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I have very simple code which calculates difference between two times:

import java.text.SimpleDateFormat;
import java.util.Date;
import java.util.GregorianCalendar;

public class JavaApplication8 {
    private static final SimpleDateFormat timeFormat = new SimpleDateFormat("hh:mm:ss.SSS");

    public static void main(String[] args) throws InterruptedException {
        Date start = GregorianCalendar.getInstance().getTime();
        Thread.sleep(100);
        Date end   = GregorianCalendar.getInstance().getTime();

        long diff = end.getTime() - start.getTime();
        System.out.println(timeFormat.format(diff));
    }
}

but it prints 01:00:00.100 instead of 00:00:00.100, why?

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4  
Basically because SimpleDateFormat is designed to format a date, time or date/time combination, while you are trying to use it to format a period or duration. –  jarnbjo Aug 7 '13 at 14:35
    
possible duplicate of Time difference in Java –  jarnbjo Aug 7 '13 at 14:37
    
@jarnbjo. The duplicate you linked simply converts the duration into a Calendar instance. So, if I convert the duration into Date using new Date(long), then that would be correct according to that post. But, creating a new Date is equivalent to using long milliseconds. Any comment on this? –  Rohit Jain Aug 7 '13 at 15:24

4 Answers 4

up vote 5 down vote accepted

Other way to solve this. Actually time diff that you having is not millisecs of current time. Its is just time diff, so make a simple division of that u can have hours:mins:secs. And its quite fast.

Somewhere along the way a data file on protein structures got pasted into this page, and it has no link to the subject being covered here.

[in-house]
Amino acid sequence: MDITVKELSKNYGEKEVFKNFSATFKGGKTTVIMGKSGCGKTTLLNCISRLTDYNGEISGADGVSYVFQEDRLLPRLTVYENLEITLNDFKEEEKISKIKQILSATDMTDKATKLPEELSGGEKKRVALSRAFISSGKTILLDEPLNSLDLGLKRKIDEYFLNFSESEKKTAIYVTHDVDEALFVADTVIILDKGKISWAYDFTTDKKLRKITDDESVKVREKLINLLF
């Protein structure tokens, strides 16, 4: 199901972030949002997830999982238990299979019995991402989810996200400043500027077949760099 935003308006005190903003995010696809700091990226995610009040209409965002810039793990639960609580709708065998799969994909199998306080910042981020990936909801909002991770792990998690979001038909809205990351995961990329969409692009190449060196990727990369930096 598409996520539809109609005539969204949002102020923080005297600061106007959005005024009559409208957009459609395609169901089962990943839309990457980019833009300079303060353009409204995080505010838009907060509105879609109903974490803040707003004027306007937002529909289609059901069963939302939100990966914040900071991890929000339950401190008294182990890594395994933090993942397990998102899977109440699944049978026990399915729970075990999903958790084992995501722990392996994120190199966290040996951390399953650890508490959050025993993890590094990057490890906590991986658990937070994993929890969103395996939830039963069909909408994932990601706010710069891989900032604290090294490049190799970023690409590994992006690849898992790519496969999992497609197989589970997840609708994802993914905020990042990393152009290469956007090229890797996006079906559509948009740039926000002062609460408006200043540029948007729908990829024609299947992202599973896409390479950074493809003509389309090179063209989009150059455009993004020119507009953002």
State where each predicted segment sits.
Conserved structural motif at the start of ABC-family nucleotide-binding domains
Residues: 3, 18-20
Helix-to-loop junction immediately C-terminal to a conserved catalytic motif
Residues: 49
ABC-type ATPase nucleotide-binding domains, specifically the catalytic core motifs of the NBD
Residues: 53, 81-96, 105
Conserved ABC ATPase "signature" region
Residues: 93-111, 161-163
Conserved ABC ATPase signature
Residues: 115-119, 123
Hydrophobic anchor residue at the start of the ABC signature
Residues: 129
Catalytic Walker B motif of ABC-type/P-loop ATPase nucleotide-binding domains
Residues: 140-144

Date start = GregorianCalendar.getInstance().getTime();
        Thread.sleep(100);
        Date end = GregorianCalendar.getInstance().getTime();

        long longVal = end.getTime() - start.getTime();

        long hours = longVal / 3600000;
        long mins = (longVal % 3600) / 60000;
        long secs = longVal % 60000;

        System.out.println(hours + " " + mins + " " + secs);
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+1 for the first correct answer. –  m0skit0 Aug 7 '13 at 15:06

You have mixed up two concepts:

  • You are measuring a time interval (difference between TWO points in time)
  • You are printing a date (ONE single point in time)

The two are not compatible, you will always get such strange effects. In your case, as pointed out on the other comments, the time zone gets mixed in. The concept of time zones exists only for dates (point in time), but makes no sense for intervals.

You can use the Jodatime library or the JSR 310: Date and Time API (coming with Java 8 I think).

With Jodatime you can explicitely construct a interval:

DateTime start = new DateTime(2004, 12, 25, 0, 0, 0, 0);
DateTime end = new DateTime(2005, 1, 1, 0, 0, 0, 0);
Period period = new Period(start, end);

and then format it with a PeriodFormatter

PeriodFormatter daysHoursMinutes = new PeriodFormatterBuilder()
   .appendDays()
   .appendSuffix(" day", " days")
    .appendSeparator(" and ")
    .appendMinutes()
    .appendSuffix(" minute", " minutes")
    .appendSeparator(" and ")
    .appendSeconds()
    .appendSuffix(" second", " seconds")
    .toFormatter();

System.out.println(daysHoursMinutes.print(period));

By separating the concepts of ONE point in time and the time between TWO points in time, you can make sure that there aren't any other surprises (e.g. leap seconds).

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It's a timezone issue. DateFormat.format() will by default format the date in your default time zone, which seem to be UTC+1.